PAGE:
Matching energy storage to small island electricity systems : a case study of the Azores
Author(s)Cross-Call, Daniel Frederick
Massachusetts Institute of Technology. Technology and Policy Program.
Stephen Connors and Ignacio J. Pérez-Arriaga.
MetadataShow full item record
Island economies rely almost entirely on imported diesel and fuel oil to supply their energy needs, resulting in significant economic and environmental costs. In recognition of the benefits of clean energy development, many islands are pursuing ambitious goals for renewable energy. For example, the Azores Islands of Portugal have set a goal to achieve 75% renewable energy by 2018. Despite significant environmental and economic benefits, however, the introduction of renewable energy sources introduces new operating challenges to island power systems, including intermittent and uncertain generation patterns. This research investigates energy storage on small island power systems under scenarios of increasing penetrations of variable-output wind. The analysis applies a least-cost unit commitment model to three Azores island networks (Sdo Miguel, Faial and Flores), in order to determine expected cost savings from introducing energy storage onto those systems. Modeling results indicate that renewable energy coupled with energy storage can produce significant savings in operating costs on island electricity systems- above those levels achieved from renewable generation alone. Furthermore, the research suggests that storage power (in terms of available megawatts for discharging energy) is more critical than storage capacity (megawatt-hours of available storage) for achieving costs savings and clean energy goals. The largest impacts from storage will come from relatively small-sized storage installations, above which there is a diminishing return from storage.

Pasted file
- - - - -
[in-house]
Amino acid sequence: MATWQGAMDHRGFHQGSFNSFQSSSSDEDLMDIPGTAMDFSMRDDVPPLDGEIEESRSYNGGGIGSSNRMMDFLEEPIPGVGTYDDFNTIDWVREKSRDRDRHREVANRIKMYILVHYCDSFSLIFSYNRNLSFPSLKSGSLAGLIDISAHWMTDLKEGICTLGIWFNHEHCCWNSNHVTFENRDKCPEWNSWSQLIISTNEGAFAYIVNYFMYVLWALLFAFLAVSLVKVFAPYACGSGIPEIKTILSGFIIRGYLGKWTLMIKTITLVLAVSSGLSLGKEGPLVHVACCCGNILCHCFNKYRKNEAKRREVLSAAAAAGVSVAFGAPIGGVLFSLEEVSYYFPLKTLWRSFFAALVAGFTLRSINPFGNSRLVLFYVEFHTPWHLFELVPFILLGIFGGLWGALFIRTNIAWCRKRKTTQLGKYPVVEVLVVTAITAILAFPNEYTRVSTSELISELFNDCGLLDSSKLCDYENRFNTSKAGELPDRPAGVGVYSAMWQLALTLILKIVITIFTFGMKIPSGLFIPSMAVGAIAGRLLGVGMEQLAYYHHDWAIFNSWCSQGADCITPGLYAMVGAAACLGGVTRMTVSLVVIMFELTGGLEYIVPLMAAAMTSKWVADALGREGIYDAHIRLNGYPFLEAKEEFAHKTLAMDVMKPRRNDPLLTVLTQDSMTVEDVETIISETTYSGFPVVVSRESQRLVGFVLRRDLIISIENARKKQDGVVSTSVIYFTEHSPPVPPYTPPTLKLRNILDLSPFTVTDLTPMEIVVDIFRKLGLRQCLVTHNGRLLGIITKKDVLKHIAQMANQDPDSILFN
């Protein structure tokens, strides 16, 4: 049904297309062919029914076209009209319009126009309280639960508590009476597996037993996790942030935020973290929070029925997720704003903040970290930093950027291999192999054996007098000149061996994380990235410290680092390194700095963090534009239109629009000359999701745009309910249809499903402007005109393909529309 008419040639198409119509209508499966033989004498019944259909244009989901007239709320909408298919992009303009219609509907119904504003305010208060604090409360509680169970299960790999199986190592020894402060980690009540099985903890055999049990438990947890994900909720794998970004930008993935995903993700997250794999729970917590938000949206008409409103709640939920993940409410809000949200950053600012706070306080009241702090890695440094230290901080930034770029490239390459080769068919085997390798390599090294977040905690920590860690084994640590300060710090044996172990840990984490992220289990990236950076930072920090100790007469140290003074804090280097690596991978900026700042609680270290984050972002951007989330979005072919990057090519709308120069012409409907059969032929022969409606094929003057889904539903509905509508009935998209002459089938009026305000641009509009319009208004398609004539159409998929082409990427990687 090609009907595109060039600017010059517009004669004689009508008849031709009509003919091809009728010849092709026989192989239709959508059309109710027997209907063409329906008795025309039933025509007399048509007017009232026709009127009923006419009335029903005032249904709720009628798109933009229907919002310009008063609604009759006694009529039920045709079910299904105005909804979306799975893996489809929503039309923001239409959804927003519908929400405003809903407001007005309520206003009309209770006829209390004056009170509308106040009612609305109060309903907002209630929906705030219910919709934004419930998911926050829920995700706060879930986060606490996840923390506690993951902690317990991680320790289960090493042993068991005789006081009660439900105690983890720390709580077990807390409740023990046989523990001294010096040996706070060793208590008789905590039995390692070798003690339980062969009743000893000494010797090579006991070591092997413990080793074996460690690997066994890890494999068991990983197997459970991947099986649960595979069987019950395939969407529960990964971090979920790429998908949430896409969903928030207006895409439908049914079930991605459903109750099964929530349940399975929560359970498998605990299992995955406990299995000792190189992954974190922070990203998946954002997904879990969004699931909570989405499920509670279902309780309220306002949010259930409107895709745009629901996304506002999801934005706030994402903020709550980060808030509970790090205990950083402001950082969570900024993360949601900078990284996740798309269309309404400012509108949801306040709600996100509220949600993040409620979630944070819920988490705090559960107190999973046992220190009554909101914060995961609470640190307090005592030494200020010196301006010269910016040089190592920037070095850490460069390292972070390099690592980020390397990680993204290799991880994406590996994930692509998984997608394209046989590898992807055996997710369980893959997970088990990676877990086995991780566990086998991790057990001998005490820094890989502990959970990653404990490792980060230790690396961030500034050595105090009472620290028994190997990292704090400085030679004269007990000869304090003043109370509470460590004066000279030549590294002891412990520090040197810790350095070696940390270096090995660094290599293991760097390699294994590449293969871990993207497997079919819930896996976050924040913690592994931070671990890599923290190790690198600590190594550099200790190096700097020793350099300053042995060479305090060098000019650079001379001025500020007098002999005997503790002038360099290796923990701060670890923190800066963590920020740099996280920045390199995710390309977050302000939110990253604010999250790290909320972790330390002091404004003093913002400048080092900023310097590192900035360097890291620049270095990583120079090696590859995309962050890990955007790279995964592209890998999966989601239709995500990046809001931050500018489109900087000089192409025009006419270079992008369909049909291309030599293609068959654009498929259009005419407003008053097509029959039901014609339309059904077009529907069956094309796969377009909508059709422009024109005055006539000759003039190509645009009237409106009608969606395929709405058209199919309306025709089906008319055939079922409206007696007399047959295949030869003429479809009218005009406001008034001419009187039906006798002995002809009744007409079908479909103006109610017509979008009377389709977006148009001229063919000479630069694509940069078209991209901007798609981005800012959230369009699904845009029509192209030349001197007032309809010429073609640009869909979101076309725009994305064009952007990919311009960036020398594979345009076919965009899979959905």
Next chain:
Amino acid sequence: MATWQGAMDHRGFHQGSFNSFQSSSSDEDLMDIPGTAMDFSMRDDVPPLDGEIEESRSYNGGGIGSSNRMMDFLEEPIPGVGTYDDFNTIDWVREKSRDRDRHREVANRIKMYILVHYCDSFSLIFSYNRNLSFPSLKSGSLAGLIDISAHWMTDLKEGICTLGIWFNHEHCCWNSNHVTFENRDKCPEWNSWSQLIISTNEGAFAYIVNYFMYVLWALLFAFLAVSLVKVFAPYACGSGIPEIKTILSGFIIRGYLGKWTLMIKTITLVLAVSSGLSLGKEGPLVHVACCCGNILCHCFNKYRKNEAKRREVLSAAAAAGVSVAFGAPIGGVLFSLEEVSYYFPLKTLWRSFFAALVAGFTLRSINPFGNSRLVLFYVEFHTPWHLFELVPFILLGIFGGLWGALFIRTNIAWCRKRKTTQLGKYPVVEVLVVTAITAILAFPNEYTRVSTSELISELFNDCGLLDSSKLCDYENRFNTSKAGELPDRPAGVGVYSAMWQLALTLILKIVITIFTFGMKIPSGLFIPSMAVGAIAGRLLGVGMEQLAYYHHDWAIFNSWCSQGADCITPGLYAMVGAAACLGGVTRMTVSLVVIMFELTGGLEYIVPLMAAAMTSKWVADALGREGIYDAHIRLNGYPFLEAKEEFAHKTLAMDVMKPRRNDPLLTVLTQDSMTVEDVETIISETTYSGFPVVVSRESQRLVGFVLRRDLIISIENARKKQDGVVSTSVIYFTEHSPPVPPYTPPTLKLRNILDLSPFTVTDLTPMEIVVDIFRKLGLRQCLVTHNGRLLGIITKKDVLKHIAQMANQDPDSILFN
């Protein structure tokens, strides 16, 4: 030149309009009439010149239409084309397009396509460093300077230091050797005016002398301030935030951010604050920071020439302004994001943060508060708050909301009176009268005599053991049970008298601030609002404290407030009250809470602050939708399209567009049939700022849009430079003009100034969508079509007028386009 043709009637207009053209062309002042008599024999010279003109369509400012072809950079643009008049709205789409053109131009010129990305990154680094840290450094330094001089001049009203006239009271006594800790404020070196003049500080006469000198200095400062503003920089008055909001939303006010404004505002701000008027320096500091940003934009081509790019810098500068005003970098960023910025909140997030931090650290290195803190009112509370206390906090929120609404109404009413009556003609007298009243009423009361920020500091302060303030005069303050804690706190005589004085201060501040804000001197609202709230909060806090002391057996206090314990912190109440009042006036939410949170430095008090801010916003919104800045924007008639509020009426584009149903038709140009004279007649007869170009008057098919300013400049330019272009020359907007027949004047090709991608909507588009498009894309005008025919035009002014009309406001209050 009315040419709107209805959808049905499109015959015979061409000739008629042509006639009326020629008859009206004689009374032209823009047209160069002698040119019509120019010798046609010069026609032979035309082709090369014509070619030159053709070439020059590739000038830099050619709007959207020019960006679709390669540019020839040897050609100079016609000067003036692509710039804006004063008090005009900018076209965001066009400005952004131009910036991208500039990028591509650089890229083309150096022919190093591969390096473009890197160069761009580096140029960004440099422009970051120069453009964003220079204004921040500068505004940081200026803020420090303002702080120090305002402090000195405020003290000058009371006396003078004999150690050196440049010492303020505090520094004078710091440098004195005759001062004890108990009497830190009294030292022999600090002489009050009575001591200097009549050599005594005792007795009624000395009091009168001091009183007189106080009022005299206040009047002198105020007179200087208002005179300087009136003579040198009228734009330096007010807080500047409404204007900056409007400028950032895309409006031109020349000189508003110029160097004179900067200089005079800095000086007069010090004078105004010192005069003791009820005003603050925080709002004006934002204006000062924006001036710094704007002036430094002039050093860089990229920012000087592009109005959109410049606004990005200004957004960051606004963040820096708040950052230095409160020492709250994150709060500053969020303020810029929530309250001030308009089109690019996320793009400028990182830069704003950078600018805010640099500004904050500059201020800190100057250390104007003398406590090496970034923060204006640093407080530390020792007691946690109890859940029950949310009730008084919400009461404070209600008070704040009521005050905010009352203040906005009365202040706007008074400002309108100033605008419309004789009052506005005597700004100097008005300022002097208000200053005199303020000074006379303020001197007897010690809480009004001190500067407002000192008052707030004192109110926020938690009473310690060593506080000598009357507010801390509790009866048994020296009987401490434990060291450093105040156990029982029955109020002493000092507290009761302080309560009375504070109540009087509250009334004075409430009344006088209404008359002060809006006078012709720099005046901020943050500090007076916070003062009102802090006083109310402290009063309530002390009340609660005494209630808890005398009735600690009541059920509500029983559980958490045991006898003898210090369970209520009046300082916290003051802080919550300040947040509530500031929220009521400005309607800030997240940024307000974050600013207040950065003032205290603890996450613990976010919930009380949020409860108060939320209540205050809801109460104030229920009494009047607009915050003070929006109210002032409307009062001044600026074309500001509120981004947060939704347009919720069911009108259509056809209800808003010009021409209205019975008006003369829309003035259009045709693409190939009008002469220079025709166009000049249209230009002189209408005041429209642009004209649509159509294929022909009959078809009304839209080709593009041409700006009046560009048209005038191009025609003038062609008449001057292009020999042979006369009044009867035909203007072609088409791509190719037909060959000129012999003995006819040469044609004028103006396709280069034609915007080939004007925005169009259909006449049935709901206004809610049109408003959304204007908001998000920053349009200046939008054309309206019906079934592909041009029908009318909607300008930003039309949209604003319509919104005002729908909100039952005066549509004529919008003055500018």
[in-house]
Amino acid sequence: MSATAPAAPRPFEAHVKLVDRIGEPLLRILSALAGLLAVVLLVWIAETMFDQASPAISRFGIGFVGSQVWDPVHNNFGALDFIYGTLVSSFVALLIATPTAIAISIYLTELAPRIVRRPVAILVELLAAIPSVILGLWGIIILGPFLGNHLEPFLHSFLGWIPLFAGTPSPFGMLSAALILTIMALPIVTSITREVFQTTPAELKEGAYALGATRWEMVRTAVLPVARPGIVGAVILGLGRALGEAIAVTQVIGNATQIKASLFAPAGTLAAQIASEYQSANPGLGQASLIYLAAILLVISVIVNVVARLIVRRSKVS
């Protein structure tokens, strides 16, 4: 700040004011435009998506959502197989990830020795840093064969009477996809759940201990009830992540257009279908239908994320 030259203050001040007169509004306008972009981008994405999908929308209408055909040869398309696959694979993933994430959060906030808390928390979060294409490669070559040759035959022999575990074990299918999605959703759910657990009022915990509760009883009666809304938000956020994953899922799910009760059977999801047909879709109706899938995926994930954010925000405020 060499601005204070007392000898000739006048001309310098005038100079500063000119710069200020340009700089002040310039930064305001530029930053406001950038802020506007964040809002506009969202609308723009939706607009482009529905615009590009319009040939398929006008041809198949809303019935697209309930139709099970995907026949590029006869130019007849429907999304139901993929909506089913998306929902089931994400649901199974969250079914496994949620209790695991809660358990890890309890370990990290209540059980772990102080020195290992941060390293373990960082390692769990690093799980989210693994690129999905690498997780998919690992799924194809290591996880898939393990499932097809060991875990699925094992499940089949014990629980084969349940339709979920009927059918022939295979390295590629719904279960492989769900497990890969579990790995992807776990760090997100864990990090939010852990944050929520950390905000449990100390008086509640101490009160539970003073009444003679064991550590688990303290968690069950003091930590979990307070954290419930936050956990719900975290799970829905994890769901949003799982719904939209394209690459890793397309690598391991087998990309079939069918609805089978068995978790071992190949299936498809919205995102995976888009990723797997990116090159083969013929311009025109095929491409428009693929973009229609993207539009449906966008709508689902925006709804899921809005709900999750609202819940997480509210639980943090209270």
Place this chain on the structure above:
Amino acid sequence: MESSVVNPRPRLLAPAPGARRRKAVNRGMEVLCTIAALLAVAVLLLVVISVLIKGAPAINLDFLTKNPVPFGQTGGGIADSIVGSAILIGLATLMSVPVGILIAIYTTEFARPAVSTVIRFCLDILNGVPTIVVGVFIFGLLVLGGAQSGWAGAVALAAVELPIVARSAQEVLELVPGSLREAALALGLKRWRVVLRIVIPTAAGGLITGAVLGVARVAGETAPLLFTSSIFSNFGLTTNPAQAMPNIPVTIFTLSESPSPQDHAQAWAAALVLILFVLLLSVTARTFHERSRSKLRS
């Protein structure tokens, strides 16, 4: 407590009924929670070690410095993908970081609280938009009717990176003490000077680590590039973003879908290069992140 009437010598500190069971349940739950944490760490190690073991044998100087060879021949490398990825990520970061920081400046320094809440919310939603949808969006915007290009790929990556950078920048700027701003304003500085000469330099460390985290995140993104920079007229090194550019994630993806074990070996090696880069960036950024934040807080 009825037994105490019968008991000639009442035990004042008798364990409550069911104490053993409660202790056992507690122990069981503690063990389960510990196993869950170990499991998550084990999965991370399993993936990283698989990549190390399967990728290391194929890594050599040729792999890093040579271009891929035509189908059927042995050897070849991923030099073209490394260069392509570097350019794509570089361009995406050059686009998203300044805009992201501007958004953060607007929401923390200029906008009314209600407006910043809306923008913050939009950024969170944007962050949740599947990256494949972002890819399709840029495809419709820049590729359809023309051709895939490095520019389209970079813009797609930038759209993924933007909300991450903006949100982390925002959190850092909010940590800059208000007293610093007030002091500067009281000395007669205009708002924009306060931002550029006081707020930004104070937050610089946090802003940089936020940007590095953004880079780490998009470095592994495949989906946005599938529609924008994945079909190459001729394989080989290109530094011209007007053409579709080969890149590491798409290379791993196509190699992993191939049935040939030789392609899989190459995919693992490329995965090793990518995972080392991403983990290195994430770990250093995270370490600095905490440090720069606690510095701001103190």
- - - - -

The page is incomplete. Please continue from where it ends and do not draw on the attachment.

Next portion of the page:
Thesis: S.M. in Technology and Policy, Massachusetts Institute of Technology, Engineering Systems Division, Technology and Policy Program, 2013.Cataloged from PDF version of thesis.Includes bibliographical references (pages 135-141).
DepartmentMassachusetts Institute of Technology. Engineering Systems Division.; Massachusetts Institute of Technology. Technology and Policy Program.
Massachusetts Institute of Technology
Engineering Systems Division., Technology and Policy Program.